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Fielding standards have improved a lot

If you think Sachin Tendulkar is the only survivor from the 1992 World Cup till this edition, think again. Tendulkar's fielding coach with his IPL franchise, Mumbai Indians, Jonty Rhodes is also going to be a part of his sixth successive Cup campaign.

india Updated: Feb 17, 2011 02:24 IST
Amol Karhadkar

If you think Sachin Tendulkar is the only survivor from the 1992 World Cup till this edition, think again. Tendulkar's fielding coach with his IPL franchise, Mumbai Indians, Jonty Rhodes is also going to be a part of his sixth successive Cup campaign.

Having represented South Africa in 1992, 1996, 1999 and 2003, and then being the Proteas' fielding coach in 2007, Rhodes is Kenya's fielding consultant for this edition, although he is going to be with the team only till their first game.

In an exclusive interview with HT, Rhodes feels it's difficult for anyone to be a fielding all-rounder, a term that was coined for the diving wizard, in future.

Excerpts:

How did Jonty Rhodes manage to change the approach towards fielding?
It depends on individuals. When I came to the scene – before the 1992 World Cup, no one was really diving around and putting himself in danger. Fielding wasn’t a big aspect of world cricket. I had played hockey, soccer, tennis, so diving around was something that I had done since I was small.

Do you think the legacy of fielding all-rounders has continued since your retirement?
If you look at the international level, fielding standards have improved and South African cricket has played an instrumental role. For a player to stand out is difficult because everyone’s fielding well. In 1992, it was easier for me because nobody else was doing it.

What does being part of another World Cup mean to you?
I have played in four. I have been to the other two, so it’s just like home. Although we have two of the guys playing their fifth World Cup, I see most of the younger Kenyan players getting their cameras out and taking pictures everywhere they go. It’s a very special time, having been to a couple.

Your leap to run out Inzamam-ul Haq is one the best World Cup memories. What is your most memorable moment?
It was against Australia in Australia. They were the holders and we were playing our first Cup game after coming back from a 27-year isolation. I didn’t even get to bat, we won by nine wickets. But just to play cricket for South Africa, it was better than a dream coming true. As a kid, with the sporting sanctions, I never thought it would happen.

It is said fielding is the easiest skill to learn in cricket.
The biggest drawback the associate teams face is that they don’t play enough international cricket. Four-five games a year are not enough. The easiest way they can improve is through fielding and fitness. To do this, they don’t need to be playing against international teams day in and day out and that’s what the Kenyans have done.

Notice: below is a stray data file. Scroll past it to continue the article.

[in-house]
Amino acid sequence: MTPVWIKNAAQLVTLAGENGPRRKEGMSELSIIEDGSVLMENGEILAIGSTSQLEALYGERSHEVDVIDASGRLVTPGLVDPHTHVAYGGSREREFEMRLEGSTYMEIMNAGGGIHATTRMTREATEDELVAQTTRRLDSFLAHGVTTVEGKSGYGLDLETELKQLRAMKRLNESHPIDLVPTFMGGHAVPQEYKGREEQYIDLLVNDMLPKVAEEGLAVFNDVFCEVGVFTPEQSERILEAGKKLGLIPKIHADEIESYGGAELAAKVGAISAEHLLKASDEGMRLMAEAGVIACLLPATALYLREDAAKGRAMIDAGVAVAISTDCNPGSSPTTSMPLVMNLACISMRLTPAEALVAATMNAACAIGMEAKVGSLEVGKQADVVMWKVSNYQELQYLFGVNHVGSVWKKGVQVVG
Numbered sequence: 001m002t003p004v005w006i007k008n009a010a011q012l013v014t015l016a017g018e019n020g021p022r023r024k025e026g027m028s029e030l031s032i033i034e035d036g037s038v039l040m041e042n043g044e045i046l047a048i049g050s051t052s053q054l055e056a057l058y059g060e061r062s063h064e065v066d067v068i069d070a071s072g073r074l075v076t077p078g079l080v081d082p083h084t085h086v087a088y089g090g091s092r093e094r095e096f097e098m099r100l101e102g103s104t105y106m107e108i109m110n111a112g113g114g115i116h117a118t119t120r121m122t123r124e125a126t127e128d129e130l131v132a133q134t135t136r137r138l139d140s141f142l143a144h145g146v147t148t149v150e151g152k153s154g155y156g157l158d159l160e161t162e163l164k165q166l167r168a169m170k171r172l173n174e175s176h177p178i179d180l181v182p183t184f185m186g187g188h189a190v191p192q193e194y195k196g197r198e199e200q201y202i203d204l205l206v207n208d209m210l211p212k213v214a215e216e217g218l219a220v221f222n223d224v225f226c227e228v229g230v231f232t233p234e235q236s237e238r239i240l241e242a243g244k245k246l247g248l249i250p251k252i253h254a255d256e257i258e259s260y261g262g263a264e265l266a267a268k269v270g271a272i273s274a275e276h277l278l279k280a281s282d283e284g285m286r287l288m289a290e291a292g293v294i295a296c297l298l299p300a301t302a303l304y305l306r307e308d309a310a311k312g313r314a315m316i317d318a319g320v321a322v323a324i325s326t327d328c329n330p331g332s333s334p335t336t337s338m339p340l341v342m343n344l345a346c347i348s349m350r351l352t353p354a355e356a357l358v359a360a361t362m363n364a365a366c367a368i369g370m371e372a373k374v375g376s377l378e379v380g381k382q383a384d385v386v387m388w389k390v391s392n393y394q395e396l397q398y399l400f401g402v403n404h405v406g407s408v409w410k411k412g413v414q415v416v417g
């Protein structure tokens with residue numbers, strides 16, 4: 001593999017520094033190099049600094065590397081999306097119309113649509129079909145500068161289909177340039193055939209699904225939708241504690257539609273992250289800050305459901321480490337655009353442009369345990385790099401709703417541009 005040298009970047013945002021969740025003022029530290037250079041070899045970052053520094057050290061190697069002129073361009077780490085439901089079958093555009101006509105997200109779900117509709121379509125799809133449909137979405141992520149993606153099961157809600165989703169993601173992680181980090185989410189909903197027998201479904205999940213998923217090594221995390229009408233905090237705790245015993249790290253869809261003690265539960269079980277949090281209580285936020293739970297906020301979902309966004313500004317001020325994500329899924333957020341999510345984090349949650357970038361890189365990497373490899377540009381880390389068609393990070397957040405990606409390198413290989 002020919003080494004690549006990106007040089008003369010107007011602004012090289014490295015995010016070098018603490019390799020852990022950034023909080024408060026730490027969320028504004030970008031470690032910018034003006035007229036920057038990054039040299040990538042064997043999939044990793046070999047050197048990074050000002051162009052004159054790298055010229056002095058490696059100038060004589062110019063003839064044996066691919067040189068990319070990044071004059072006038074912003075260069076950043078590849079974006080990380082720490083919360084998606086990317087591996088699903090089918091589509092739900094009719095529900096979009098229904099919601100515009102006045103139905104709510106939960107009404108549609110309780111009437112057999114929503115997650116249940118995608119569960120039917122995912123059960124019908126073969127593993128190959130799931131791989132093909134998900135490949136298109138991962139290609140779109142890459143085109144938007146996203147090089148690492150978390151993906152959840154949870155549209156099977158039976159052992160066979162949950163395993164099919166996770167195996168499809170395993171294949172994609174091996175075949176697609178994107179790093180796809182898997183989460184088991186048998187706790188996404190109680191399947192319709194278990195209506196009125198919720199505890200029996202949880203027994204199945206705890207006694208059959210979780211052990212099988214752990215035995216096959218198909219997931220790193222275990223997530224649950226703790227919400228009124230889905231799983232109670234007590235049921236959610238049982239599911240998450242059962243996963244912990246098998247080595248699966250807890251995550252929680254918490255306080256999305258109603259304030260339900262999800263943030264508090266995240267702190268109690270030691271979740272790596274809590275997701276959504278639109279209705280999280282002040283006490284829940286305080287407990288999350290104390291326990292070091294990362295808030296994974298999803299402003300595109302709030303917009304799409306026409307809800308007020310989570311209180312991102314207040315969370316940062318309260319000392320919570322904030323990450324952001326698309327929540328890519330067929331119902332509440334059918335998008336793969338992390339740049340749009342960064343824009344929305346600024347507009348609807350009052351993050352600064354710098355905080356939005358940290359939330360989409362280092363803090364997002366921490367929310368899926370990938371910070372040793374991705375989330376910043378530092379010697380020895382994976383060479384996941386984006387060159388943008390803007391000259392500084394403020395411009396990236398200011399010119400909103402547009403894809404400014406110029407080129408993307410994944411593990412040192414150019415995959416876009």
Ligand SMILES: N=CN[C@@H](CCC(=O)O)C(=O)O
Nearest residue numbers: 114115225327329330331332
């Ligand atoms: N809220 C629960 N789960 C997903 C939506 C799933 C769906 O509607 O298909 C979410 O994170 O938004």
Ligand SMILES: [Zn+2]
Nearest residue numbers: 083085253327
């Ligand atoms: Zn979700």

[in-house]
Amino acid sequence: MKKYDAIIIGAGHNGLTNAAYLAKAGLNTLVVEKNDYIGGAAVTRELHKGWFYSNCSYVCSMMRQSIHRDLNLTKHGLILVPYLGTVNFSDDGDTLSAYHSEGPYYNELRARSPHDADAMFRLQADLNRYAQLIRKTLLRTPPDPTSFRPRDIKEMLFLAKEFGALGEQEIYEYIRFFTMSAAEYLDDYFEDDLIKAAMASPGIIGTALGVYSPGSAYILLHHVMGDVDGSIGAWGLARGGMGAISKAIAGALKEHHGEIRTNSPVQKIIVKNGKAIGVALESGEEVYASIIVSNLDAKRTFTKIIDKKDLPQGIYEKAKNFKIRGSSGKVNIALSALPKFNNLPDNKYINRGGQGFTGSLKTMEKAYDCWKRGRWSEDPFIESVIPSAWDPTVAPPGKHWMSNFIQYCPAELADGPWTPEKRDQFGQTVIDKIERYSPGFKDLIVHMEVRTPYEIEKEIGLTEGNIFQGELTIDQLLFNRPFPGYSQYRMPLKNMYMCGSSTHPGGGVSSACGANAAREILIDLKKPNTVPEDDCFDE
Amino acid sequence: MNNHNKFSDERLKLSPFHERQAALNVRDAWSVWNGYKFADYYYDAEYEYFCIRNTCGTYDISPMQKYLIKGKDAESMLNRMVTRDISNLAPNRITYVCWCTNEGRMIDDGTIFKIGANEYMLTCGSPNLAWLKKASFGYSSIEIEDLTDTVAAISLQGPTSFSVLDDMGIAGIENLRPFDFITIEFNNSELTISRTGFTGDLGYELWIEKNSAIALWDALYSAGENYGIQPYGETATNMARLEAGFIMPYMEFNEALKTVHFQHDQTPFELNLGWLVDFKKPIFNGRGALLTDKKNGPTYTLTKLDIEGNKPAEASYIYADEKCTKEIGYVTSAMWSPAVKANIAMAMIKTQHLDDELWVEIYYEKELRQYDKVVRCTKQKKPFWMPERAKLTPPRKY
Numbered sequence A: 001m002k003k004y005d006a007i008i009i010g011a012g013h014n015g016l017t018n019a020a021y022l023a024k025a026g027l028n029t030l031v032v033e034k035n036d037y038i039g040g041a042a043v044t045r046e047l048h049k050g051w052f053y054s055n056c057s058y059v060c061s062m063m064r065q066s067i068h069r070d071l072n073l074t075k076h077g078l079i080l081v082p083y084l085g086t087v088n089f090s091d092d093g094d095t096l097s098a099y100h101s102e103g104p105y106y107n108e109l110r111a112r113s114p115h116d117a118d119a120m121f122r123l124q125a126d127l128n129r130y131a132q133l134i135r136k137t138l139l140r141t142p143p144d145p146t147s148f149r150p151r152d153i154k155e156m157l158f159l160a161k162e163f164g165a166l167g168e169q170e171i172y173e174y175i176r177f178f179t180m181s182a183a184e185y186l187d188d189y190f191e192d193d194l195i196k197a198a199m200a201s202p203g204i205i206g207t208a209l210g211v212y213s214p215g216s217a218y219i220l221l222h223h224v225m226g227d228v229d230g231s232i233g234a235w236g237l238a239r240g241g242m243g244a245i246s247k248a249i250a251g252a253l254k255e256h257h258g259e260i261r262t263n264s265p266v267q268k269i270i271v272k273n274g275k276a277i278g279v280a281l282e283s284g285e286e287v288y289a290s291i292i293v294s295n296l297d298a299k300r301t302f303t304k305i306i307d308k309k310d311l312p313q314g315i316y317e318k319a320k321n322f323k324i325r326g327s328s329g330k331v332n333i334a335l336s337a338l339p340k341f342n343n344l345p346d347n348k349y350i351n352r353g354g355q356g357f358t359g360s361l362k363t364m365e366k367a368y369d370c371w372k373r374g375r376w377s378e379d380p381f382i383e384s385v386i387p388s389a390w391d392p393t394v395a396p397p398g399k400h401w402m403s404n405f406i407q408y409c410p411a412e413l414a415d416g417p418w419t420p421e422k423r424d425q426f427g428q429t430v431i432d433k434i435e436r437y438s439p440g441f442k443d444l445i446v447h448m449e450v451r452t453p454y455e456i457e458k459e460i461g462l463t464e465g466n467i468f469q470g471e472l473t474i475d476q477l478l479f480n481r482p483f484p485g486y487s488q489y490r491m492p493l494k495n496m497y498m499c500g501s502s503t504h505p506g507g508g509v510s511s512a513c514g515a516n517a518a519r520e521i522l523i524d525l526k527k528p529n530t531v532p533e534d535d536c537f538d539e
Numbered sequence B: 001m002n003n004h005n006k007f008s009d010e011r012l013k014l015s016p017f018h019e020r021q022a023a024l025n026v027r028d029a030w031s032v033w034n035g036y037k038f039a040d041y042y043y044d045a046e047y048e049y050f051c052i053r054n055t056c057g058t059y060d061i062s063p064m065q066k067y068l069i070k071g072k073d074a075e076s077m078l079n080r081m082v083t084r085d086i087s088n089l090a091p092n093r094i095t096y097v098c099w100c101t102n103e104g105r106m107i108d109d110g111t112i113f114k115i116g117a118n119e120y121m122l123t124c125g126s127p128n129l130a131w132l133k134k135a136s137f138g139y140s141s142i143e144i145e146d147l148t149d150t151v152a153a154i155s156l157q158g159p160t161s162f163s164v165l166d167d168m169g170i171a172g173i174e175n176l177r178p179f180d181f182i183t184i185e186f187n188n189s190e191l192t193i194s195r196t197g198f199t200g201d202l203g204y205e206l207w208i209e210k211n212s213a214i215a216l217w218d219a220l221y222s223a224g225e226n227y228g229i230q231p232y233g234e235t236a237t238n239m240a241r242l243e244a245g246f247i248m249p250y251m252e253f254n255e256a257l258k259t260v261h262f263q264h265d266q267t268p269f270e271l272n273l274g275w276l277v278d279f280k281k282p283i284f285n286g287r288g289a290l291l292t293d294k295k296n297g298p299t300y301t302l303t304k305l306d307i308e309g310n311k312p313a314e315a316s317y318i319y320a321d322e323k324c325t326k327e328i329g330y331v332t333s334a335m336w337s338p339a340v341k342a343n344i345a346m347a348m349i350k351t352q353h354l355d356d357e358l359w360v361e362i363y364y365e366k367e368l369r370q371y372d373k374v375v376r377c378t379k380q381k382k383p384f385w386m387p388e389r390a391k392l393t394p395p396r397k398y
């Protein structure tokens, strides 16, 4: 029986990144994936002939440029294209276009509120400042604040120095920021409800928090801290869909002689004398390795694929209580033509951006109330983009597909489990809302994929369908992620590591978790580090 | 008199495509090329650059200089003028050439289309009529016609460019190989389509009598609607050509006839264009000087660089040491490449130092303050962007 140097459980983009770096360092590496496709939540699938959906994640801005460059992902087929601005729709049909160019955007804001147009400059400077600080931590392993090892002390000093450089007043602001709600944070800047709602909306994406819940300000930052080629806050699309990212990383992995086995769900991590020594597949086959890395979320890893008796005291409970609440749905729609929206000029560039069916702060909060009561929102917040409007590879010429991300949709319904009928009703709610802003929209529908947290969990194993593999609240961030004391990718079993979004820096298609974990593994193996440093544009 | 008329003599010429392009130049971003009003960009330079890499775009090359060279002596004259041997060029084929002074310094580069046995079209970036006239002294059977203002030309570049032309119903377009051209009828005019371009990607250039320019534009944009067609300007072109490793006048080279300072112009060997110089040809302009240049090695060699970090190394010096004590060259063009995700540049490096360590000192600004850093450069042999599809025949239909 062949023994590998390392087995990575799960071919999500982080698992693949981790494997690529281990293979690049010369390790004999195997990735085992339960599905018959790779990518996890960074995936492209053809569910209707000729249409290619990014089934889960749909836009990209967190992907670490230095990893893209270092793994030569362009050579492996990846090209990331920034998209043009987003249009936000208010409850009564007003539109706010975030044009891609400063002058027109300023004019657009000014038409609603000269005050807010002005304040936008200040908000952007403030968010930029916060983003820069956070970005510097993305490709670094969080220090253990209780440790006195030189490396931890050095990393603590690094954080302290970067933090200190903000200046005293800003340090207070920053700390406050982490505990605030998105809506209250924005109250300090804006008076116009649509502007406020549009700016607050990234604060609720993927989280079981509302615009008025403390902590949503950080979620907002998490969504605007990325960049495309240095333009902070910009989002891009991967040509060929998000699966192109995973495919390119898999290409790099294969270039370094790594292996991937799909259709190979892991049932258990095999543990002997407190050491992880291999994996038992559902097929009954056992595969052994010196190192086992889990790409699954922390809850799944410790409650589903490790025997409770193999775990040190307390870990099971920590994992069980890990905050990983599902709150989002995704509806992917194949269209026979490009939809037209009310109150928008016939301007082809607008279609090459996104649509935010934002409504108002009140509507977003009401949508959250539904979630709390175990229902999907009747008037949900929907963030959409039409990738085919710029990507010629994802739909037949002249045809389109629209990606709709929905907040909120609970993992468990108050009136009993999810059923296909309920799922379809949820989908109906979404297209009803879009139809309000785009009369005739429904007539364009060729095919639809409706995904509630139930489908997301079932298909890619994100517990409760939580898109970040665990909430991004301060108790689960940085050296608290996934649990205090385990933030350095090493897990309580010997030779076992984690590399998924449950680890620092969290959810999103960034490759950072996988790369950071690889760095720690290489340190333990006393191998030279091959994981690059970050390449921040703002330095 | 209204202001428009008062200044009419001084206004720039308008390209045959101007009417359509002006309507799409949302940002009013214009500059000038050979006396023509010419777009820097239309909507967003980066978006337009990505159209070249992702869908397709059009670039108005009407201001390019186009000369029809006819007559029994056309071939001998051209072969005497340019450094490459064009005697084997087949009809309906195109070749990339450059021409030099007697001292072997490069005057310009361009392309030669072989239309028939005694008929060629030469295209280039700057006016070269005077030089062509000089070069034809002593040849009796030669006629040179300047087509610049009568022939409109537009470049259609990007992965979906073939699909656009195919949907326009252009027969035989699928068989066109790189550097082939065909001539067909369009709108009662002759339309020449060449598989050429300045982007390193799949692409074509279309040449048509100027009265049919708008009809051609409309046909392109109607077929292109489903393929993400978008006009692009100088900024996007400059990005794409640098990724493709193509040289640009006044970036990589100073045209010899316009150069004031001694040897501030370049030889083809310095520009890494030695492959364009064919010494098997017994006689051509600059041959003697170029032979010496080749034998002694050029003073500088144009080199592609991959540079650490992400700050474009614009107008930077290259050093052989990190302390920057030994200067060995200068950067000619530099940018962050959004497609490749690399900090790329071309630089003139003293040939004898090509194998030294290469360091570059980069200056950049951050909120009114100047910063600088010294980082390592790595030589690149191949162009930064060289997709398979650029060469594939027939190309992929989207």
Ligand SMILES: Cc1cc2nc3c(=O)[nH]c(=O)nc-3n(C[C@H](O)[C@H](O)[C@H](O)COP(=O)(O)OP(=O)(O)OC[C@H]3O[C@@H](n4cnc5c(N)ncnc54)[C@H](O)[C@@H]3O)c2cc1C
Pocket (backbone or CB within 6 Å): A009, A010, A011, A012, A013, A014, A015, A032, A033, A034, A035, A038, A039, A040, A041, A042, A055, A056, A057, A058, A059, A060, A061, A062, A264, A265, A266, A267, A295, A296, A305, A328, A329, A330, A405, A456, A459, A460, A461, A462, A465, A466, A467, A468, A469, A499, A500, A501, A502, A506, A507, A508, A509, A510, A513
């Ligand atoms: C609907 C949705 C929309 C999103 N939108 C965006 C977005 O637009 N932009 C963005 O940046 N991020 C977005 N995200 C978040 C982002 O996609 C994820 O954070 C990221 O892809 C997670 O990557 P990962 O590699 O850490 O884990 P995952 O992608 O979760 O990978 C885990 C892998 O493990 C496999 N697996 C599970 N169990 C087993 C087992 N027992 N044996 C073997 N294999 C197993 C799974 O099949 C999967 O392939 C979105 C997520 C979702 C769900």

Is it easier to teach a bunch of players at this level, and especially in this age?
The Kenyans are athletes by nature. So to work with an athlete is a lot easier. If you look at the Olympics, they are winning gold all the time.

How did the Kenya role come about?
I was approached in November when the Kenyan team came to Pretoria for a high performance training camp. Eldine Baptiste, who is the head coach, played against me in South Africa and ended up coaching my provincial side. He invited me to come to Pretoria to work on the fielding initially and then also on their batting since he was a bowling all-rounder.

Does not being with the team work against you?
My work with them was regarding preparation for the World Cup. Sometimes when you are going to be with a team for two weeks or so, you tend to think ‘how am I going to make a difference?’. But when I joined the team a month ago, they were doing the fielding drills as good as an IPL team. You can make a difference if the team is willing to take your advice.

How different is it to coach an associate team to an international or first-class side?
Coming from Test-playing countries or even IPL to be associated with a team like Kenya is different. A week ago in Dubai, the four associate teams who had qualified – Kenya, Canada, Ireland and Netherlands – had a training camp. The work ethic of the sides, not just Kenya, was amazing. I got to play cricket for South Africa in 1992. And even though we all were professionals, we hardly got a salary. All the guys I was playing with either had jobs or were playing for the university. So it’s pretty much the same with the associate teams. The Dutch team, only two of them have contracts, the rest of them are working. They have to take leave to play cricket. The Kenyan guys have just got contracted. They play the game because they love it.

Any regrets of choosing cricket over hockey?
All my hockey friends retired long before I did. They had to because they were working. Even though they were representing South Africa at the Olympics, they had to work. I am grateful that cricket chose me more than I chose cricket.